My child suffers because the other kids small and grown will laugh at him and make fun of him or they'll keep on asking why he is doing it. It's not an easy road for him that's why I'm sure that this is not self-induced because they suffer through this action. They are not gaining any positive reaction.

            Yes, I would also like to know why, what, for how long???? I almost cried when I saw your son's video clip on YouTube. I saw my own boy the only difference is that my son doesn't wave repeatedly. He'll wave once and then only again with the next tic. He is very sensitive to sunlight - would hide from sun while driving in the car - and this in sunny South Africa!

            Please feel free to make contact with me by replying to this post.

            We do have something in common and I think we share the same worries, heartache and the uncertainty becomes unbearable at times.

            Jane (South Africa)
            Attached Files
            Last edited by Steve; October 13, 2011, 06:52 PM. Reason: edit email adr


            • #7
              Re: Light-induced tics?

              Sorry I didn't respond sooner, I didn't get a notification of your response.
              I found posts on other forums about the same behavior, beginning with extending the neck back and rolling the eyes, and progressing within months to the hand-waving. In each case it affected boys 7-12. So far I haven't gotten in touch with any of these other parents.
              We are still seeking answers. I don't have any more information for you, but I'll update you on our progress. Please let us know how your son's doing.


              • #8
                Re: Light-induced tics?

                I'm hoping someone sees this, my 12 year old daughter has been doing this same exact thing now for 2 years. Only when in bright or direct sunlight. The pediatric neurologist says she will grow out of it. I try to keep her out of the sun, wearing a hat or sunglasses. I am interested to know if you have had any other suggestions, diagnosis, etc, regarding this. It is worrisome with the associated eye rolling, fearful that she will stumble, fall, run into something, get hurt. She isn't always aware she does it, and sometimes she will flat out deny it. Its really frustrating.


                • #9
                  Re: Light-induced tics?

                  Welcome to the Forum!

                  I'm hoping someone sees this
                  New posts are seen every time a Forum member or Forum staffer visits the Forum, using the link for "Recent Posts" or "New Posts" in the toolbar at the top of each Forum page.

                  Originally posted by aechandler725
                  She isn't always aware she does it, and sometimes she will flat out deny it. Its really frustrating.
                  Has your daughter been officially diagnosed with Tourette or with Transient Tic Disorder?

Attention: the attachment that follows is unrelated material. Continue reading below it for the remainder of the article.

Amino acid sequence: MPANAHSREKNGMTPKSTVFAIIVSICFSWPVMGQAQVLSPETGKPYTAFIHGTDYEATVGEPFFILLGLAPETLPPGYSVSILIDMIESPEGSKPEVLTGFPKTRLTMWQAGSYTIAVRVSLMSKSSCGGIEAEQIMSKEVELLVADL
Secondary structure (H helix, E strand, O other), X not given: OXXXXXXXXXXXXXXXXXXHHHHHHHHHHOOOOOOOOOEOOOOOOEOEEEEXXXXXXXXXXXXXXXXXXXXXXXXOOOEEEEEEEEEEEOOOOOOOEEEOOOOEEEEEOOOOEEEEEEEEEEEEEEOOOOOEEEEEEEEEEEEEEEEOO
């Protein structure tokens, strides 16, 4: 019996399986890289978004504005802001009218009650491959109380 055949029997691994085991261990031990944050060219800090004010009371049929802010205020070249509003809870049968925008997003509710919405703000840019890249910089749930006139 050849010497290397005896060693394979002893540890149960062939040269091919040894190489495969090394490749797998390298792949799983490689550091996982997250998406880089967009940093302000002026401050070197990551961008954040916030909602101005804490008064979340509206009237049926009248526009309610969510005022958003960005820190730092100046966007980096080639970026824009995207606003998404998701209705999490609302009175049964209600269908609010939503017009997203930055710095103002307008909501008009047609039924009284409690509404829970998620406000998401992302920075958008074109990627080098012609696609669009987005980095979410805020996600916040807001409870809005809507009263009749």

If it is Tourette, you probably know that Tourette tics are involuntary and a person expressing their tics are unable to control them.

                  If people around her are bringing her tics to her attention, it may be a causing her some frustration, and her response could well be denial.

                  Is the frustration you allude to in your daughter or in Mom?
                  TouretteLinks Forum


                  • #10
                    Re: Light-induced tics?

                    She hasn't been re evaluated in over a year, since they first started. When we first noticed them I wasn't able to correlate the sun as the cause/stimuli/trigger. Per neuro said ''its probably just a tic she will grow out of'. At age 8 she experienced 2-3 ''episodes'' which were absence seizure type, but eeg completely normal, without recurrence. Ped neuro MD did not want to give her a seizure dx, but rather called it a transient episode. There has been no recurrence since that time, but the tic has developed. It is only in sunlight, and sometimes when we are driving down the road and the sun behind the trees gives a strobe light type effect,she has rapid eye blinking and can't bring herself to turn from the light. The frustration belongs to me and to my husband. He thinks she can control or stop it if she really wanted to. She gets frustrated when we bring it to her attention.
                    Last edited by aechandler725; June 20, 2012, 10:47 PM. Reason: extra info


                    • #11
                      Re: Light-induced tics?

                      He thinks she can control or stop it if she really wanted to.
                      Regardless of what the diagnosis might be, this is Dad has to re-orient his thinking. Assuming the expressions of your daughter are behavioural are unfair and baseless, applying undue pressure on her making her feel she is failing in her father's expectations. That, in itself can exacerbate whatever is going on and can adversely affect her self image throughout maturity.

                      Until you get a definite diagnosis, no assumptions should be made.

                      Ped neuro MD did not want to give her a seizure dx, but rather called it a transient episode.
                      If she is triggered by flashing lights, this should be immediately investigated by a neurologist as this type of trigger can indicate some important neurological issues. I would consider following up on the original consultation, and if necessary getting a second opinion. This should not be ignored.
                      TouretteLinks Forum


                      • #12
                        Hey everyone-
                        Just found a page dealing with this exact thing- called "Sunflower Syndrome" on Facebook.
                        Lots of people posting videos, pics and updates.
                        Or just Google Sunflower Syndrome.

                        Sunflower Syndrome is a rare case of photosensitive epilepsy that involves self induction of a seizure by facing the sun and waving a open hand in front of one's eyes.

                        Here is a great page with lots of people posting videos and information:

                        Here's an example of what it looks like: